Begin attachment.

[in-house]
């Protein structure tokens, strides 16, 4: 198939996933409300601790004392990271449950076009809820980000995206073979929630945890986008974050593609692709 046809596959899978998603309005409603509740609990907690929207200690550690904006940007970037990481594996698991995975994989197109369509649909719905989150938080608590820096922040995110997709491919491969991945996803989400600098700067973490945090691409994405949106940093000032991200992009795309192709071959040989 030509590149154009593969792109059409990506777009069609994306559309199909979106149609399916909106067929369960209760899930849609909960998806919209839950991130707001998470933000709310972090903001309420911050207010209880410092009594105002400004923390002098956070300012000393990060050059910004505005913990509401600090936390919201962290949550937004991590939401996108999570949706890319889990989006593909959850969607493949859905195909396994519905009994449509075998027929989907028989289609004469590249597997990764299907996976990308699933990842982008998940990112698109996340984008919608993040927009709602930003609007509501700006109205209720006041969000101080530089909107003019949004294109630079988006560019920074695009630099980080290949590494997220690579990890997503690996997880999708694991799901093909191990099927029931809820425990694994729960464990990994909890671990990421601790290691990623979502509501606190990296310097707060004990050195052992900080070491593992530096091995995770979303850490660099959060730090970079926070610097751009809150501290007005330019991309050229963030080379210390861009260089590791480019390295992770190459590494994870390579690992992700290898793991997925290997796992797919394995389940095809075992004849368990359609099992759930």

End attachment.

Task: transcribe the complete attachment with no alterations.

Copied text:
[in-house]
């Protein structure tokens, strides 16, 4: 198939996933409300601790004392990271449950076009809820980000995206073979929630945890986008974050593609692709 046809596959899978998603309005409603509740609990907690929207200690550690904006940007970037990481594996698991995975994989197109369509649909719905989150938080608590820096922040995110997709491919491969991945996803989400600098700067973490945090691409994405949106940093000032991200992009795309192709071959040989 030509590149154009593969792109059409990506777009069609994306559309199909979106149609399916909106067929369960209760899930849609909960998806919209839950991130707001998470933000709310972090903001309420911050207010209880410092009594105002400004923390002098956070300012000393990060050059910004505005913990509401600090936390919201962290949550937004991590939401996108999570949706890319889990989006593909959850969607493949859905195909396994519905009994449509075998027929989907028989289609004469590249597997990764299907996976990308699933990842982008998940990112698109996340984008919608993040927009709602930003609007509501700006109205209720006041969000101080530089909107003019949004294109630079988006560019920074695009630099980080290949590494997220690579990890997503690996997880999708694991799901093909191990099927029931809820425990694994729960464990990994909890671990990421601790290691990623979502509501606190990296310097707060004990050195052992900080070491593992530096091995995770979303850490660099959060730090970079926070610097751009809150501290007005330019991309050229963030080379210390861009260089590791480019390295992770190459590494994870390579690992992700290898793991997925290997796992797919394995389940095809075992004849368990359609099992759930």